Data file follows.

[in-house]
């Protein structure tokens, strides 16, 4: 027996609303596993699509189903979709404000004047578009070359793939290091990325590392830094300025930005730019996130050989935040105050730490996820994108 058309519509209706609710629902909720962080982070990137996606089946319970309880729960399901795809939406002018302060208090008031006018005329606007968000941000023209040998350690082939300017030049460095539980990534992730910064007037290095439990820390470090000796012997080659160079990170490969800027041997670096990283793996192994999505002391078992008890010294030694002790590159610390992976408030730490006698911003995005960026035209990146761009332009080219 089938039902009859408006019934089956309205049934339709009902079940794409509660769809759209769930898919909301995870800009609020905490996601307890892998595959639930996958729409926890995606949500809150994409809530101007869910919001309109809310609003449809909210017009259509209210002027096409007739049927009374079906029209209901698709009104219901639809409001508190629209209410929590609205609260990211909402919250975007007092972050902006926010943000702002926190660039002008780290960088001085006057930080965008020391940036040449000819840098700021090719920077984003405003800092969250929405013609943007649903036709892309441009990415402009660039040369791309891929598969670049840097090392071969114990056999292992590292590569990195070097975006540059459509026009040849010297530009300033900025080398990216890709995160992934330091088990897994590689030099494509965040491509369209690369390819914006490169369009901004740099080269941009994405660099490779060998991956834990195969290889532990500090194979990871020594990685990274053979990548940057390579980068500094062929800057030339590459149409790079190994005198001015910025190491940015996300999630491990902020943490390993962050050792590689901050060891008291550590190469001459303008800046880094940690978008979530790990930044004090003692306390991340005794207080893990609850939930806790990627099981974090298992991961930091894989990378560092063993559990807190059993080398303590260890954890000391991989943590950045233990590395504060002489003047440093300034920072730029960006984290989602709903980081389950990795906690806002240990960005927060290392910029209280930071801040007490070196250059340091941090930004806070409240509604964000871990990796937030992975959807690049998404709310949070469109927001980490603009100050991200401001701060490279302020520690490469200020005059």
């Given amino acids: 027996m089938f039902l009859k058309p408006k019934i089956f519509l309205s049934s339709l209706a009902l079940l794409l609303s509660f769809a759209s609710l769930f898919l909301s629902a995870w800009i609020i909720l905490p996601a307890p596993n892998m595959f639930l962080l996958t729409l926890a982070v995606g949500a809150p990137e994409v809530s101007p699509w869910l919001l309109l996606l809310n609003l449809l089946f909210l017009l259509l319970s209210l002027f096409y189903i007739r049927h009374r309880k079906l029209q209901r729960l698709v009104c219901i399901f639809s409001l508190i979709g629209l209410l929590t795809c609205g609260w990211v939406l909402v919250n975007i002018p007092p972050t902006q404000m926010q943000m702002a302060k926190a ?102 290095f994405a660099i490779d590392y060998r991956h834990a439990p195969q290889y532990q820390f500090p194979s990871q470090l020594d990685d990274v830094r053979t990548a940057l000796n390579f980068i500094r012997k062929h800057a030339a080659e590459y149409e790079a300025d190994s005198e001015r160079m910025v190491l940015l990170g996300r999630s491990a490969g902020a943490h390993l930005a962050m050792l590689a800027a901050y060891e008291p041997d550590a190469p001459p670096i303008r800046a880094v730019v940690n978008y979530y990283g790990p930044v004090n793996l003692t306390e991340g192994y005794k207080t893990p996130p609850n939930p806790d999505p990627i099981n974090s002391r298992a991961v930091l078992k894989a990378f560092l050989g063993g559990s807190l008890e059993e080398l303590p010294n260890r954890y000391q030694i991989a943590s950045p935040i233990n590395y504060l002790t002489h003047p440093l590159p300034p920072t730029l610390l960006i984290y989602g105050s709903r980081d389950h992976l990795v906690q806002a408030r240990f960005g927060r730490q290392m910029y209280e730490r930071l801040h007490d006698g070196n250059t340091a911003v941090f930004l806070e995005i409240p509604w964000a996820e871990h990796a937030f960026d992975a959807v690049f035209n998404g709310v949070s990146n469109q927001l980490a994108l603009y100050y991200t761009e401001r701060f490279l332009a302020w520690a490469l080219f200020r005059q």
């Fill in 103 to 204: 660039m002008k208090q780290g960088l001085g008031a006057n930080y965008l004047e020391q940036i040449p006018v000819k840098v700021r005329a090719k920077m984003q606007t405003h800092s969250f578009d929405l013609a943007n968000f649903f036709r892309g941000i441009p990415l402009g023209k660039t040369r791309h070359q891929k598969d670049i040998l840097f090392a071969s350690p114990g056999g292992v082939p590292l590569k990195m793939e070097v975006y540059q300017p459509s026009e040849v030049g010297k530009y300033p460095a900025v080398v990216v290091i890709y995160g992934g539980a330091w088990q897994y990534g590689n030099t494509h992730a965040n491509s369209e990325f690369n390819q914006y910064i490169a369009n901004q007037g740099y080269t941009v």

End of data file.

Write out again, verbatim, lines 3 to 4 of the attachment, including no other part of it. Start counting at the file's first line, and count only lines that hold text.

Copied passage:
């Given amino acids: 027996m089938f039902l009859k058309p408006k019934i089956f519509l309205s049934s339709l209706a009902l079940l794409l609303s509660f769809a759209s609710l769930f898919l909301s629902a995870w800009i609020i909720l905490p996601a307890p596993n892998m595959f639930l962080l996958t729409l926890a982070v995606g949500a809150p990137e994409v809530s101007p699509w869910l919001l309109l996606l809310n609003l449809l089946f909210l017009l259509l319970s209210l002027f096409y189903i007739r049927h009374r309880k079906l029209q209901r729960l698709v009104c219901i399901f639809s409001l508190i979709g629209l209410l929590t795809c609205g609260w990211v939406l909402v919250n975007i002018p007092p972050t902006q404000m926010q943000m702002a302060k926190a ?102 290095f994405a660099i490779d590392y060998r991956h834990a439990p195969q290889y532990q820390f500090p194979s990871q470090l020594d990685d990274v830094r053979t990548a940057l000796n390579f980068i500094r012997k062929h800057a030339a080659e590459y149409e790079a300025d190994s005198e001015r160079m910025v190491l940015l990170g996300r999630s491990a490969g902020a943490h390993l930005a962050m050792l590689a800027a901050y060891e008291p041997d550590a190469p001459p670096i303008r800046a880094v730019v940690n978008y979530y990283g790990p930044v004090n793996l003692t306390e991340g192994y005794k207080t893990p996130p609850n939930p806790d999505p990627i099981n974090s002391r298992a991961v930091l078992k894989a990378f560092l050989g063993g559990s807190l008890e059993e080398l303590p010294n260890r954890y000391q030694i991989a943590s950045p935040i233990n590395y504060l002790t002489h003047p440093l590159p300034p920072t730029l610390l960006i984290y989602g105050s709903r980081d389950h992976l990795v906690q806002a408030r240990f960005g927060r730490q290392m910029y209280e730490r930071l801040h007490d006698g070196n250059t340091a911003v941090f930004l806070e995005i409240p509604w964000a996820e871990h990796a937030f960026d992975a959807v690049f035209n998404g709310v949070s990146n469109q927001l980490a994108l603009y100050y991200t761009e401001r701060f490279l332009a302020w520690a490469l080219f200020r005059q």
């Fill in 103 to 204: 660039m002008k208090q780290g960088l001085g008031a006057n930080y965008l004047e020391q940036i040449p006018v000819k840098v700021r005329a090719k920077m984003q606007t405003h800092s969250f578009d929405l013609a943007n968000f649903f036709r892309g941000i441009p990415l402009g023209k660039t040369r791309h070359q891929k598969d670049i040998l840097f090392a071969s350690p114990g056999g292992v082939p590292l590569k990195m793939e070097v975006y540059q300017p459509s026009e040849v030049g010297k530009y300033p460095a900025v080398v990216v290091i890709y995160g992934g539980a330091w088990q897994y990534g590689n030099t494509h992730a965040n491509s369209e990325f690369n390819q914006y910064i490169a369009n901004q007037g740099y080269t941009v």